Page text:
The race pallidiflava is as the nominate, but with a paler yellow on the breast and belly. intensa is quite different, with a bronze-washed back, a yellow rump and slate edges on the flight feathers. The race ruwenzori is like intensa but with a deeper yellow on the breast. The race elgonensis is as nominate but with an all black tail, the subadult of this species has some yellow on the tail, macarthuri is more pale below and has a deeper greenish-olive back. The race helleri has a green back and yellow rump, whereas the rump of orientalis is green, as well as having greyish wings and more greenish yellow-upper wings. The race hygrica is as nominate but with a saturated moss-green back, and the race transvaalensis is as hygrica but more orange yellow below and with a silvery edge to the flight feathers, finally chirindensis is brighter yellow-green on the back.[5]


Moist forest and forest edge is the principal habitat. This forest at Mount Kilimanjaro is home to an endemic subspecies of the white-starred robin.

The white-starred robin is a principally found in primary or secondary moist evergreen forest. It needs forest with a good understory of shrubs and vines. It also occupies forest edges, pine and wattle plantations, evergreen woodlands and forest edge gardens. It occasionally is reported in bamboo or heath zones in some mountains.[5] In the northern parts of its range, near the equator, it occurs in mountains between 1,500 to 2,200 m (4,900–7,200 ft) in elevation (sometimes as high as 3,300 m (10,800 ft)), further south in Zimbabwe it seldom occur above 1,300 m (4,300 ft), and in South Africa it can occur at sea level.[4]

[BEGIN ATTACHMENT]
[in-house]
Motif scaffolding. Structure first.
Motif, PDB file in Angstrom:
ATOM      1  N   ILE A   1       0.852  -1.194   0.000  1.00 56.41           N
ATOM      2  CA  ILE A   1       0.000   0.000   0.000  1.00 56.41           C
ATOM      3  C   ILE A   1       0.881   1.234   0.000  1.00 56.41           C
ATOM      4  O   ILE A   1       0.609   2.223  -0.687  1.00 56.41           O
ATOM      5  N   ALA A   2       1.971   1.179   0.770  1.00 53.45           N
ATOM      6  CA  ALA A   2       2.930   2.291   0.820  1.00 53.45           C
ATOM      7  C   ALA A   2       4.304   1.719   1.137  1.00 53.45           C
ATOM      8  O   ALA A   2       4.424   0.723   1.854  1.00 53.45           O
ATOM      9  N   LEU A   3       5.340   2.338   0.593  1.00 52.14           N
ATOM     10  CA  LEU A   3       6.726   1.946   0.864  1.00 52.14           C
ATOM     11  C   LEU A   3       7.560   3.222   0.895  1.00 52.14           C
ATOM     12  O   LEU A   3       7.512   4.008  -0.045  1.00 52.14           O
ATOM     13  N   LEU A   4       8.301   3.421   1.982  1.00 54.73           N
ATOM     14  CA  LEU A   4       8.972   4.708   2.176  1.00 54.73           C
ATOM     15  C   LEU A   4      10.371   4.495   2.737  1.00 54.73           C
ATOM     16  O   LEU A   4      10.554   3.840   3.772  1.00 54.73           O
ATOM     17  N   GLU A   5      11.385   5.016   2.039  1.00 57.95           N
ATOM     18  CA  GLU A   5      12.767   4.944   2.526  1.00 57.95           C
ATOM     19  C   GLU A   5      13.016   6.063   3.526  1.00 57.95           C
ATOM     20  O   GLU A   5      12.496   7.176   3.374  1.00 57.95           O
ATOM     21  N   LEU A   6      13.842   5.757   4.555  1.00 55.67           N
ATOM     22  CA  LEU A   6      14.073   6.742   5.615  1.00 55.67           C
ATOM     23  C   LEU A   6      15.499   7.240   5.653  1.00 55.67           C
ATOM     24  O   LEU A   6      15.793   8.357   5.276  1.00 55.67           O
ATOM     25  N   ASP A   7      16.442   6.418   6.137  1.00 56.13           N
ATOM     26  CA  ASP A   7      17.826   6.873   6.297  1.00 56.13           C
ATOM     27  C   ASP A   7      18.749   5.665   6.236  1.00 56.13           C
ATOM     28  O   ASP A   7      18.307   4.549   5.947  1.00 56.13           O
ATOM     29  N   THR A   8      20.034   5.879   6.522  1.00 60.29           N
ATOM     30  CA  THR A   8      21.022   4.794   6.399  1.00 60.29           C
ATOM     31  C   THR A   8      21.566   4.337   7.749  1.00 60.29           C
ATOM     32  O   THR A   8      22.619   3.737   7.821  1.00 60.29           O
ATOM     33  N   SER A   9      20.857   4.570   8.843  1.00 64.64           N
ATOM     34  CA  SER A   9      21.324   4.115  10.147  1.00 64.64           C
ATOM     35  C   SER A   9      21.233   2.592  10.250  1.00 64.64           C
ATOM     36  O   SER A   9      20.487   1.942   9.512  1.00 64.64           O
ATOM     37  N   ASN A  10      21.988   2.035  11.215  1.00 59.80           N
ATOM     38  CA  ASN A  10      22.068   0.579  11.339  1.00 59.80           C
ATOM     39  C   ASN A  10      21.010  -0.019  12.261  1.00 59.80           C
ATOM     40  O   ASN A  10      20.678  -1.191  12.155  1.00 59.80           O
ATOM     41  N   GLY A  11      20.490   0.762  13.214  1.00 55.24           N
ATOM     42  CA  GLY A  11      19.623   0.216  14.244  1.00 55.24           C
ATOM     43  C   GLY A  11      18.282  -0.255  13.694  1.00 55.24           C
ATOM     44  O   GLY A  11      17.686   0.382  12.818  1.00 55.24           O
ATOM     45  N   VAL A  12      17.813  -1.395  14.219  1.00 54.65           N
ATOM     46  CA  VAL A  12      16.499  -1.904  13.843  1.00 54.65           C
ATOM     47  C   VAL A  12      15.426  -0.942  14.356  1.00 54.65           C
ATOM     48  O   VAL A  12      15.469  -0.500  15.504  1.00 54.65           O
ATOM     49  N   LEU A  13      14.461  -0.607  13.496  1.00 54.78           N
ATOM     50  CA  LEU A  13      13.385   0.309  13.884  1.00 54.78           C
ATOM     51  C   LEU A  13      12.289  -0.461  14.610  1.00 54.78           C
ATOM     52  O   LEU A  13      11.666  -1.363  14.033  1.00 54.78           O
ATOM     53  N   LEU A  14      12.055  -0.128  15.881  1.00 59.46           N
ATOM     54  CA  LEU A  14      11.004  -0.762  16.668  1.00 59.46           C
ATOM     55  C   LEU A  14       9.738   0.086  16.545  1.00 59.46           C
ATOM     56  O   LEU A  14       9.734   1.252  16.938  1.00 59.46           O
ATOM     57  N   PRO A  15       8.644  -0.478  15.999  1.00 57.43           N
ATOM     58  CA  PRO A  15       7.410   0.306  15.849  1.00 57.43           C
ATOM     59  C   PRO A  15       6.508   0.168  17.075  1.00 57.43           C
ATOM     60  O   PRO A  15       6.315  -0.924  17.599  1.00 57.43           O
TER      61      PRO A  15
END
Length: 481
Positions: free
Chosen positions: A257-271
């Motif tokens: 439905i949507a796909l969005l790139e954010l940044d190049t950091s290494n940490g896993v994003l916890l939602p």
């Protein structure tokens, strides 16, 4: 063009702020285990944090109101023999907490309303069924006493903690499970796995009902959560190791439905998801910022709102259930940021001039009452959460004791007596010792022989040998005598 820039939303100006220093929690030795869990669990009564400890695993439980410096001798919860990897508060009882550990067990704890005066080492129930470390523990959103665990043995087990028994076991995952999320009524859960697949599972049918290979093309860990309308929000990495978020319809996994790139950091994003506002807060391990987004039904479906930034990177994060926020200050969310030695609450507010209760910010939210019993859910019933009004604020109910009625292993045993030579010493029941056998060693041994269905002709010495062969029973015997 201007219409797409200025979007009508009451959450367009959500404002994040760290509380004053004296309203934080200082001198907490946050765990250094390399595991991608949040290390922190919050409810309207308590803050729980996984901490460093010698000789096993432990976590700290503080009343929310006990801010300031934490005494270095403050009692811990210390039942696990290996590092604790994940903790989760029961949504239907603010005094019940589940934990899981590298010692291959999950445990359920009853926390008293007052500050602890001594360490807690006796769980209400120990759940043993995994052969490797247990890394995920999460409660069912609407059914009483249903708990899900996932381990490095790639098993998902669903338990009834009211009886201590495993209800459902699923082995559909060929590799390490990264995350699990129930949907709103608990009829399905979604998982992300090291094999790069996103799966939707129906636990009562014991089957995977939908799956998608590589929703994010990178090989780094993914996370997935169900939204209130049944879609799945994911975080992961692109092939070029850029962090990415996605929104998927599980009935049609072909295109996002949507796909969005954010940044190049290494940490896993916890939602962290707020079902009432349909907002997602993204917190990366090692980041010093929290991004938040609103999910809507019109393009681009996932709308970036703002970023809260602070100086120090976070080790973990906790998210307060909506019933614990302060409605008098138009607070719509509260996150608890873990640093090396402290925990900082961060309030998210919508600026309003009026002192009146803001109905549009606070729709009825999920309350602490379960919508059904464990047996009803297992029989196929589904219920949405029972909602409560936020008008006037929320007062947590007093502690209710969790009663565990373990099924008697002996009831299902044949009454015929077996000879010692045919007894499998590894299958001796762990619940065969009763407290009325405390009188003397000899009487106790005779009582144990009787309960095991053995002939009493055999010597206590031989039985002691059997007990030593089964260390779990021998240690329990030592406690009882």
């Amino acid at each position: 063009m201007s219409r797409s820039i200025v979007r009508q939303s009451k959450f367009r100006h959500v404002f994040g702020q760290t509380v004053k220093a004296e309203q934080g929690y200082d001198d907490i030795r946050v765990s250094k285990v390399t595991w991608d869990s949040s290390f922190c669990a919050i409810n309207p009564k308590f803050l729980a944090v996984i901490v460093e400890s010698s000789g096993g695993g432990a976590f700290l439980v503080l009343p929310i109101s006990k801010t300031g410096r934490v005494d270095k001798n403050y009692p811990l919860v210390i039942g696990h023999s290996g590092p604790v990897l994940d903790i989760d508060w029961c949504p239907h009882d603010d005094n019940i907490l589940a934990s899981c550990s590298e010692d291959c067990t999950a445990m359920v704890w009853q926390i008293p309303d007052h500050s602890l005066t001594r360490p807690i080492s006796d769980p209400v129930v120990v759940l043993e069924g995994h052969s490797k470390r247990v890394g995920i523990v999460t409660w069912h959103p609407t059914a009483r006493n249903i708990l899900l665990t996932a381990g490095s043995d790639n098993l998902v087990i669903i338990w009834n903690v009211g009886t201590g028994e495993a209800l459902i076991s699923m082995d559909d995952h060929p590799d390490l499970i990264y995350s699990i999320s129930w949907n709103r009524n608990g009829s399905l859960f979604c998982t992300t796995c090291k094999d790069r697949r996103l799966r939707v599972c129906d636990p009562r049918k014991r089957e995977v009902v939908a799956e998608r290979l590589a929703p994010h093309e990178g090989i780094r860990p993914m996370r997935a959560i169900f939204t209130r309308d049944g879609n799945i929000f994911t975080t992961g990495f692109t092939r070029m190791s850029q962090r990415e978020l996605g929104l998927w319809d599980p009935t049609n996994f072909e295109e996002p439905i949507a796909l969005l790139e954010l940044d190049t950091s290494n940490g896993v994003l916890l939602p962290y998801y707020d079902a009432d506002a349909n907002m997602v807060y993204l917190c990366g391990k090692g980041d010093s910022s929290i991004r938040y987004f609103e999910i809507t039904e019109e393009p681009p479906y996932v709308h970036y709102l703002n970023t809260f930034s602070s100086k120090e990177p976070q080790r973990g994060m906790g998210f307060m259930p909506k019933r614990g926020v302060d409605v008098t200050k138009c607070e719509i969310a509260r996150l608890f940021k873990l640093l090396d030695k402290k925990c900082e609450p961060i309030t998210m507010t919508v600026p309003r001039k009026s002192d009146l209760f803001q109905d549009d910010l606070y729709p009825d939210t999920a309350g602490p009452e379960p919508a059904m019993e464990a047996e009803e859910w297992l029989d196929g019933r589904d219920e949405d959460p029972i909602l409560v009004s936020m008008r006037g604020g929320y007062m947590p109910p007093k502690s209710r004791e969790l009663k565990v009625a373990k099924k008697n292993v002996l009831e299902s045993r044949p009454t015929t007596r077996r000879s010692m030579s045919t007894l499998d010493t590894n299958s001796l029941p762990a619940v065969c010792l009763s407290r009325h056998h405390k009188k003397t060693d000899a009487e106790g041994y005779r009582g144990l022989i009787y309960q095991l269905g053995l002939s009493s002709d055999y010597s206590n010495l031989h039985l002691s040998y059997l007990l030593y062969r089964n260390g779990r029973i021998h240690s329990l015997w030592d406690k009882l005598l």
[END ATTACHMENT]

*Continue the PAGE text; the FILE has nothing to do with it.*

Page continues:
The white-starred robin is a partial migrant. This migration is altitudinal, with birds moving to lower altitudes during the winter (April to September), and is much more pronounced in the southern parts of the range. In Malawi birds descend to the shores of lake Malawi (300 m (980 ft)), birds in South Africa and Mozambique move as low as sea-level, and may move 120 km (75 mi) from their breeding sites.[5] In Malawi studies established that the males remained in their breeding territories, while the females moved away during the winter.[7]



The calls and songs of the white-starred robin are geographically variable. Both sexes sing the territorial advertising song, which is a quiet song sung from near the ground. The courtship call is sung during a display flight, and is rendered as a sustained "wiii wii wiii". The loud contact call, also used as a warning call, varies by subspecies. The first type, used by intensa, ruwenzori, guttifer, orientalis and the nominate race, is a disyllabic "too-twii", the second type, used by macarthuri, helleri and transvaalensis is a more complex multisyllabic "ter-whe dada wiiyoo" or "wheh chiiyoo wher-ter-weh techiiyoo".[5]

Diet and feeding[edit]

The white-starred robin feeds principally on insects and fruits. In one study of fecal samples conducted in KwaZulu-Natal in South Africa, beetles, moths and ants predominated in the samples, being found 83%, 58% and 43% of the time respectively. Other remains found included those of spiders, flies, caterpillars, amphipods, true bugs, wasps, grasshoppers and centipedes. The remains of fruit were found in 34% of the samples, with Canthium, Cassipourea, Ficus, Hedychium, Ilex, Kiggelaria and Rhus being found. The species has also been recorded feeding on other species, including snails, termites, mantids and even small frogs (of the genus Arthroleptis).[5]